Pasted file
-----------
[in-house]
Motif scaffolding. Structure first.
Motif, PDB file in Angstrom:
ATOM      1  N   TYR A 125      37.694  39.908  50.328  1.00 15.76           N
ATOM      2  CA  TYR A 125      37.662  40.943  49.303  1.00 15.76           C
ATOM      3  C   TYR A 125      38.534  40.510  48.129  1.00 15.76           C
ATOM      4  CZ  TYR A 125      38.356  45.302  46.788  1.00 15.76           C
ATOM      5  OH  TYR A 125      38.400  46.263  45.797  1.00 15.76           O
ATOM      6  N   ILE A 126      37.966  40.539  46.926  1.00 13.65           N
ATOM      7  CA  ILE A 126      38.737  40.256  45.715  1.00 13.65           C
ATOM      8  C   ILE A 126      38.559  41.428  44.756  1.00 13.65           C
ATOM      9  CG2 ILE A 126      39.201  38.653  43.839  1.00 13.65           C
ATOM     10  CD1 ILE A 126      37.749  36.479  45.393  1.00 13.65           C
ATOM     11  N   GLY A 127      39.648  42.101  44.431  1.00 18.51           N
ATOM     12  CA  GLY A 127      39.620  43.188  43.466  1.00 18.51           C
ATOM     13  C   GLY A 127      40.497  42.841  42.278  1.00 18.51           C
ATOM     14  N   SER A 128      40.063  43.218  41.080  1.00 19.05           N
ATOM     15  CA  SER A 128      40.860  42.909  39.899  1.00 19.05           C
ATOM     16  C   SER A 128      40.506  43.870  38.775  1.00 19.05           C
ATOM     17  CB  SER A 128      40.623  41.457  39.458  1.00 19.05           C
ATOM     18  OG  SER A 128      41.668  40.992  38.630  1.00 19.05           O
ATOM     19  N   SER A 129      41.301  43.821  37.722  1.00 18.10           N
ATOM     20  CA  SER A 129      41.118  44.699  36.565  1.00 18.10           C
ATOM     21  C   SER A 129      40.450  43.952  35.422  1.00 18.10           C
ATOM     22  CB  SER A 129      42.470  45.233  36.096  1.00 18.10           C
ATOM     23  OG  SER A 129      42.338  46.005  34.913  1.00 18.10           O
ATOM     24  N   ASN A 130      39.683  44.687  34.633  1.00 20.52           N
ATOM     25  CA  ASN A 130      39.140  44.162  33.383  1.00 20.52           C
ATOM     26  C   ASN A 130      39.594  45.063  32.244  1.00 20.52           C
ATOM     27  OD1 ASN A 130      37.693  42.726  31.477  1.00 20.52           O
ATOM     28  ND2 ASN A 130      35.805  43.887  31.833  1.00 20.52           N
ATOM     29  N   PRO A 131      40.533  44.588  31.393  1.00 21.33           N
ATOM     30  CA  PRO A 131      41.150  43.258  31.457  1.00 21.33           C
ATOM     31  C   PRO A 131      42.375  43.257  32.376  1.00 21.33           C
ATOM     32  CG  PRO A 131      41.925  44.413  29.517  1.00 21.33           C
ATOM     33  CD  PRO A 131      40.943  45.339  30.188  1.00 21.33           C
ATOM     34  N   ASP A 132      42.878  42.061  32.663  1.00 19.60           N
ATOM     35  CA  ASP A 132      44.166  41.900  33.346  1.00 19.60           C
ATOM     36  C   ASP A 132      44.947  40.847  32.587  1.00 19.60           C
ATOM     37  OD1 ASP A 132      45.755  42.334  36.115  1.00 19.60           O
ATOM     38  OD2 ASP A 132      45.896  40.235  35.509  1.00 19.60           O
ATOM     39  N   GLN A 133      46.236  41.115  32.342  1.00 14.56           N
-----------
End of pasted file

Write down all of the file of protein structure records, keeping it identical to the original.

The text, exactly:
[in-house]
Motif scaffolding. Structure first.
Motif, PDB file in Angstrom:
ATOM      1  N   TYR A 125      37.694  39.908  50.328  1.00 15.76           N
ATOM      2  CA  TYR A 125      37.662  40.943  49.303  1.00 15.76           C
ATOM      3  C   TYR A 125      38.534  40.510  48.129  1.00 15.76           C
ATOM      4  CZ  TYR A 125      38.356  45.302  46.788  1.00 15.76           C
ATOM      5  OH  TYR A 125      38.400  46.263  45.797  1.00 15.76           O
ATOM      6  N   ILE A 126      37.966  40.539  46.926  1.00 13.65           N
ATOM      7  CA  ILE A 126      38.737  40.256  45.715  1.00 13.65           C
ATOM      8  C   ILE A 126      38.559  41.428  44.756  1.00 13.65           C
ATOM      9  CG2 ILE A 126      39.201  38.653  43.839  1.00 13.65           C
ATOM     10  CD1 ILE A 126      37.749  36.479  45.393  1.00 13.65           C
ATOM     11  N   GLY A 127      39.648  42.101  44.431  1.00 18.51           N
ATOM     12  CA  GLY A 127      39.620  43.188  43.466  1.00 18.51           C
ATOM     13  C   GLY A 127      40.497  42.841  42.278  1.00 18.51           C
ATOM     14  N   SER A 128      40.063  43.218  41.080  1.00 19.05           N
ATOM     15  CA  SER A 128      40.860  42.909  39.899  1.00 19.05           C
ATOM     16  C   SER A 128      40.506  43.870  38.775  1.00 19.05           C
ATOM     17  CB  SER A 128      40.623  41.457  39.458  1.00 19.05           C
ATOM     18  OG  SER A 128      41.668  40.992  38.630  1.00 19.05           O
ATOM     19  N   SER A 129      41.301  43.821  37.722  1.00 18.10           N
ATOM     20  CA  SER A 129      41.118  44.699  36.565  1.00 18.10           C
ATOM     21  C   SER A 129      40.450  43.952  35.422  1.00 18.10           C
ATOM     22  CB  SER A 129      42.470  45.233  36.096  1.00 18.10           C
ATOM     23  OG  SER A 129      42.338  46.005  34.913  1.00 18.10           O
ATOM     24  N   ASN A 130      39.683  44.687  34.633  1.00 20.52           N
ATOM     25  CA  ASN A 130      39.140  44.162  33.383  1.00 20.52           C
ATOM     26  C   ASN A 130      39.594  45.063  32.244  1.00 20.52           C
ATOM     27  OD1 ASN A 130      37.693  42.726  31.477  1.00 20.52           O
ATOM     28  ND2 ASN A 130      35.805  43.887  31.833  1.00 20.52           N
ATOM     29  N   PRO A 131      40.533  44.588  31.393  1.00 21.33           N
ATOM     30  CA  PRO A 131      41.150  43.258  31.457  1.00 21.33           C
ATOM     31  C   PRO A 131      42.375  43.257  32.376  1.00 21.33           C
ATOM     32  CG  PRO A 131      41.925  44.413  29.517  1.00 21.33           C
ATOM     33  CD  PRO A 131      40.943  45.339  30.188  1.00 21.33           C
ATOM     34  N   ASP A 132      42.878  42.061  32.663  1.00 19.60           N
ATOM     35  CA  ASP A 132      44.166  41.900  33.346  1.00 19.60           C
ATOM     36  C   ASP A 132      44.947  40.847  32.587  1.00 19.60           C
ATOM     37  OD1 ASP A 132      45.755  42.334  36.115  1.00 19.60           O
ATOM     38  OD2 ASP A 132      45.896  40.235  35.509  1.00 19.60           O
ATOM     39  N   GLN A 133      46.236  41.115  32.342  1.00 14.56           N